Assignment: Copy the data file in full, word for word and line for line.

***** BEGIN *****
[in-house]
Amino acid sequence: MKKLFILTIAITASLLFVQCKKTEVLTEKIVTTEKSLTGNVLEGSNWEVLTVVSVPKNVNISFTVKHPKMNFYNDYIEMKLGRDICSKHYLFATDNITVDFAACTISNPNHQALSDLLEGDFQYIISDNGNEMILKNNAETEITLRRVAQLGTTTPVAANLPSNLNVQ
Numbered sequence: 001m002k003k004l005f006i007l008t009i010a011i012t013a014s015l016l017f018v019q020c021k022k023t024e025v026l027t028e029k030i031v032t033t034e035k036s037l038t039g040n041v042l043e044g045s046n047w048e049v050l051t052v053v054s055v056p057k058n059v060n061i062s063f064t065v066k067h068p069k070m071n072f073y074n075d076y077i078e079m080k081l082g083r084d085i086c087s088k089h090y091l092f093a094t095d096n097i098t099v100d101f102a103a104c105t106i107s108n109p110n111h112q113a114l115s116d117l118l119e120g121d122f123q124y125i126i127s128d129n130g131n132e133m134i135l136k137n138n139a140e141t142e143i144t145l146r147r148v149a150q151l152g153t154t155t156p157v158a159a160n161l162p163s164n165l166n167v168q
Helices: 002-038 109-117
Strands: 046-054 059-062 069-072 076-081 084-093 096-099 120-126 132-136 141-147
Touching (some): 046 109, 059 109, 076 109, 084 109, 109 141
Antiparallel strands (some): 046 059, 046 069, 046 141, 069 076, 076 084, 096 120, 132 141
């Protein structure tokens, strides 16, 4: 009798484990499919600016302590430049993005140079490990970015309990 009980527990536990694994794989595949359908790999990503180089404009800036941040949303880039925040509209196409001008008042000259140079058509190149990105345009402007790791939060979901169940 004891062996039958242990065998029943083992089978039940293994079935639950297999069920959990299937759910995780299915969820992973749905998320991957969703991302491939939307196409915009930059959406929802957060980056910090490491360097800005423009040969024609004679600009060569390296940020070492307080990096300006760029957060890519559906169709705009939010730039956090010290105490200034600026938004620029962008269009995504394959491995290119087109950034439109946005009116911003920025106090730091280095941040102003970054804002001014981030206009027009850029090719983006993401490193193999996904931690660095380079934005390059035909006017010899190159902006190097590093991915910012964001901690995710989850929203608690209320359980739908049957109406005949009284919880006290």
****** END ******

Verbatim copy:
[in-house]
Amino acid sequence: MKKLFILTIAITASLLFVQCKKTEVLTEKIVTTEKSLTGNVLEGSNWEVLTVVSVPKNVNISFTVKHPKMNFYNDYIEMKLGRDICSKHYLFATDNITVDFAACTISNPNHQALSDLLEGDFQYIISDNGNEMILKNNAETEITLRRVAQLGTTTPVAANLPSNLNVQ
Numbered sequence: 001m002k003k004l005f006i007l008t009i010a011i012t013a014s015l016l017f018v019q020c021k022k023t024e025v026l027t028e029k030i031v032t033t034e035k036s037l038t039g040n041v042l043e044g045s046n047w048e049v050l051t052v053v054s055v056p057k058n059v060n061i062s063f064t065v066k067h068p069k070m071n072f073y074n075d076y077i078e079m080k081l082g083r084d085i086c087s088k089h090y091l092f093a094t095d096n097i098t099v100d101f102a103a104c105t106i107s108n109p110n111h112q113a114l115s116d117l118l119e120g121d122f123q124y125i126i127s128d129n130g131n132e133m134i135l136k137n138n139a140e141t142e143i144t145l146r147r148v149a150q151l152g153t154t155t156p157v158a159a160n161l162p163s164n165l166n167v168q
Helices: 002-038 109-117
Strands: 046-054 059-062 069-072 076-081 084-093 096-099 120-126 132-136 141-147
Touching (some): 046 109, 059 109, 076 109, 084 109, 109 141
Antiparallel strands (some): 046 059, 046 069, 046 141, 069 076, 076 084, 096 120, 132 141
């Protein structure tokens, strides 16, 4: 009798484990499919600016302590430049993005140079490990970015309990 009980527990536990694994794989595949359908790999990503180089404009800036941040949303880039925040509209196409001008008042000259140079058509190149990105345009402007790791939060979901169940 004891062996039958242990065998029943083992089978039940293994079935639950297999069920959990299937759910995780299915969820992973749905998320991957969703991302491939939307196409915009930059959406929802957060980056910090490491360097800005423009040969024609004679600009060569390296940020070492307080990096300006760029957060890519559906169709705009939010730039956090010290105490200034600026938004620029962008269009995504394959491995290119087109950034439109946005009116911003920025106090730091280095941040102003970054804002001014981030206009027009850029090719983006993401490193193999996904931690660095380079934005390059035909006017010899190159902006190097590093991915910012964001901690995710989850929203608690209320359980739908049957109406005949009284919880006290």